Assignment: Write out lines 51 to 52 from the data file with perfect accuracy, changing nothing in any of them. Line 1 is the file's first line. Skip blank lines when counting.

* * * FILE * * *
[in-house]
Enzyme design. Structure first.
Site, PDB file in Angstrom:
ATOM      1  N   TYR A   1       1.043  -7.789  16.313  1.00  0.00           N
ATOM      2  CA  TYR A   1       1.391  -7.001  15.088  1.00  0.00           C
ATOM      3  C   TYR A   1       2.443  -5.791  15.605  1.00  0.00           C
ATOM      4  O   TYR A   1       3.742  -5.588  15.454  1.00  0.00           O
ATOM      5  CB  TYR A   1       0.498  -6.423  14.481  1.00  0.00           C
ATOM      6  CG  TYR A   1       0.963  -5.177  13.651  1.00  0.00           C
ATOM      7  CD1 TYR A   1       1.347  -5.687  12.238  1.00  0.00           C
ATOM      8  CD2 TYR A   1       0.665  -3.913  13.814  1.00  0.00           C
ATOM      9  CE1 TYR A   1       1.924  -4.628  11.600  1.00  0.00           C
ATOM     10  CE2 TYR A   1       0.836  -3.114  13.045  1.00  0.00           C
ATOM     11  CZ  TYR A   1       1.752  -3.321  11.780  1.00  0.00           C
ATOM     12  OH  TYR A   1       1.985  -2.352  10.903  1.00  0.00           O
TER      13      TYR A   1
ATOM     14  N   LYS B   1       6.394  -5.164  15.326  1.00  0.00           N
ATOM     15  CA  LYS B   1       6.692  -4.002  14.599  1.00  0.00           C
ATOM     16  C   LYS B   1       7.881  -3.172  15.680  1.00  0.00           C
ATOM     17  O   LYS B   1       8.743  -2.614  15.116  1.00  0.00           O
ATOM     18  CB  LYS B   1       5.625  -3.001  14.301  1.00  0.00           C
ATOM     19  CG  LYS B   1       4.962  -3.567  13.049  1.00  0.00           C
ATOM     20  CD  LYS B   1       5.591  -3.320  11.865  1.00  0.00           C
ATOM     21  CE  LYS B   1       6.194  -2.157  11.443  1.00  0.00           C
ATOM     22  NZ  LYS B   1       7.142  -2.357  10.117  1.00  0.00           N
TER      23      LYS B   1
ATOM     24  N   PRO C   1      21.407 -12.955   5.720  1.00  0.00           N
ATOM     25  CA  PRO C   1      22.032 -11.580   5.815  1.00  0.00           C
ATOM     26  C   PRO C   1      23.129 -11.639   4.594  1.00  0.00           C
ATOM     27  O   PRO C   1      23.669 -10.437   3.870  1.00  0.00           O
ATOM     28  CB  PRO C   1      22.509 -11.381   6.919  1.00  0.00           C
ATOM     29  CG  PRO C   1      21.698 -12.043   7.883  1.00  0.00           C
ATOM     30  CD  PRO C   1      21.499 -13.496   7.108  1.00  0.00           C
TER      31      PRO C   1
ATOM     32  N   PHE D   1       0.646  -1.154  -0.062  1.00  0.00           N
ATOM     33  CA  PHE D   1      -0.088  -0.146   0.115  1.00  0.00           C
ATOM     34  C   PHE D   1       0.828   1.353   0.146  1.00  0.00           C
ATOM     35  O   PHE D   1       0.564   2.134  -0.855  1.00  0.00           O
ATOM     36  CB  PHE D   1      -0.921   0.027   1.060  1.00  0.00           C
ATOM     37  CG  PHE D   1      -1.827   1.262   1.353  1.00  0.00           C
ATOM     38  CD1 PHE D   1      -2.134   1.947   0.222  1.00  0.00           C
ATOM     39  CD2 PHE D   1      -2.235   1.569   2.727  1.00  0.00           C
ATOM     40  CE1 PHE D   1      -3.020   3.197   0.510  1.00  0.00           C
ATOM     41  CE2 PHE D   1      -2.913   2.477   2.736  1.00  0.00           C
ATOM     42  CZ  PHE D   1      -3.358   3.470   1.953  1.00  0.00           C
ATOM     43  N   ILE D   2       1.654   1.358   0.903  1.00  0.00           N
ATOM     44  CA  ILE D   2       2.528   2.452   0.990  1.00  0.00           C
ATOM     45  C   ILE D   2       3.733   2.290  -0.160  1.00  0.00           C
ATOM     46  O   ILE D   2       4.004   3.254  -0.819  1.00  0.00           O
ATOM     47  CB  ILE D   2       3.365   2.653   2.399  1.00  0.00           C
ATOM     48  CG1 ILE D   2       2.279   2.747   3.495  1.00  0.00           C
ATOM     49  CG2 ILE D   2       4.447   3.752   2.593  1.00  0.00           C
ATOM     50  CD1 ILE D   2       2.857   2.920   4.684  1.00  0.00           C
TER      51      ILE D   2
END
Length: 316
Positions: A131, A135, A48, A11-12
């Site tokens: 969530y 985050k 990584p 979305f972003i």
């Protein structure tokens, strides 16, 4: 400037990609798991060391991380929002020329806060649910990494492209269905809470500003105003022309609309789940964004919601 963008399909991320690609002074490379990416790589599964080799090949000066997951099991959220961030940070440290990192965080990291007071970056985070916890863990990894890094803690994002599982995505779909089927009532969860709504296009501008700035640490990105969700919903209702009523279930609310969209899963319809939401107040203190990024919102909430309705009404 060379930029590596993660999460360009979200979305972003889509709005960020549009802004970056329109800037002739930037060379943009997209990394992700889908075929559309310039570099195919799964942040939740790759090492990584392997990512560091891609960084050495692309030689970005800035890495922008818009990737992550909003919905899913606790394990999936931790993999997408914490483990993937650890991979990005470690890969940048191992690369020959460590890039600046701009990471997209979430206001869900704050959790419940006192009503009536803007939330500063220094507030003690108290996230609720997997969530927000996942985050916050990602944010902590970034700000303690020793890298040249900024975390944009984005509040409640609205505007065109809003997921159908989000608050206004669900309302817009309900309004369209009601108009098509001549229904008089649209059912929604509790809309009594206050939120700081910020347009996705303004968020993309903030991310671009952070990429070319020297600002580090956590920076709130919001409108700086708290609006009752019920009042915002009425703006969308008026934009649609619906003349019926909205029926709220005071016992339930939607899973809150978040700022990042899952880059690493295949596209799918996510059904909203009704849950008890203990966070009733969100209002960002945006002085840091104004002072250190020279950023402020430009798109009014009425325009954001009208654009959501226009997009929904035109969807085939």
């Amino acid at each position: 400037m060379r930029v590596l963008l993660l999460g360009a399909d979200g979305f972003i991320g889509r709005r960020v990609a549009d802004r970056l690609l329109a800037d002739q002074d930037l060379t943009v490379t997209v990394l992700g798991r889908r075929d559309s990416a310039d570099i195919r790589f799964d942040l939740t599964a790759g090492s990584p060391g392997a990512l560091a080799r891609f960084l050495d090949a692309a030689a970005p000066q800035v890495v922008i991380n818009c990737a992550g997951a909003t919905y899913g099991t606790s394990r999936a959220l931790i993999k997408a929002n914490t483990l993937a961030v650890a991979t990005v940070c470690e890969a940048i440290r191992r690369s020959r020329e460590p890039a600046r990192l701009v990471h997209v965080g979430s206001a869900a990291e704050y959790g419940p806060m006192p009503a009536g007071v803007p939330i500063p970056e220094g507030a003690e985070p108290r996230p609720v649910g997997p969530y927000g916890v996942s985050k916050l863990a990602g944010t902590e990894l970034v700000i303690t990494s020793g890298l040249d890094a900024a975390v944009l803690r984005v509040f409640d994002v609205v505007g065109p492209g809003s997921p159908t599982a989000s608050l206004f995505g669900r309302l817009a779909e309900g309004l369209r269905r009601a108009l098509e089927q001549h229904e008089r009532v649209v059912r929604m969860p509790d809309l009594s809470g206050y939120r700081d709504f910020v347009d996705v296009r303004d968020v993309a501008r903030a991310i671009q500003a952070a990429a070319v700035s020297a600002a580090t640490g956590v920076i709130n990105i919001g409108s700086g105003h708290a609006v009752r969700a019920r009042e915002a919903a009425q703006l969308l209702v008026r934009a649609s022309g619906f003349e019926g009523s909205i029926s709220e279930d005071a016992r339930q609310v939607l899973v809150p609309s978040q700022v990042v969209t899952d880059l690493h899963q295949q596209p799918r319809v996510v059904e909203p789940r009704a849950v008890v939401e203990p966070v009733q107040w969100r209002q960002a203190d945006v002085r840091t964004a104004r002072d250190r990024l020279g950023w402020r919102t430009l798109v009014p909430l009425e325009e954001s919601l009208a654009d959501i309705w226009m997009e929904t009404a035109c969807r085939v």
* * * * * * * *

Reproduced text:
ATOM     48  CG1 ILE D   2       2.279   2.747   3.495  1.00  0.00           C
ATOM     49  CG2 ILE D   2       4.447   3.752   2.593  1.00  0.00           C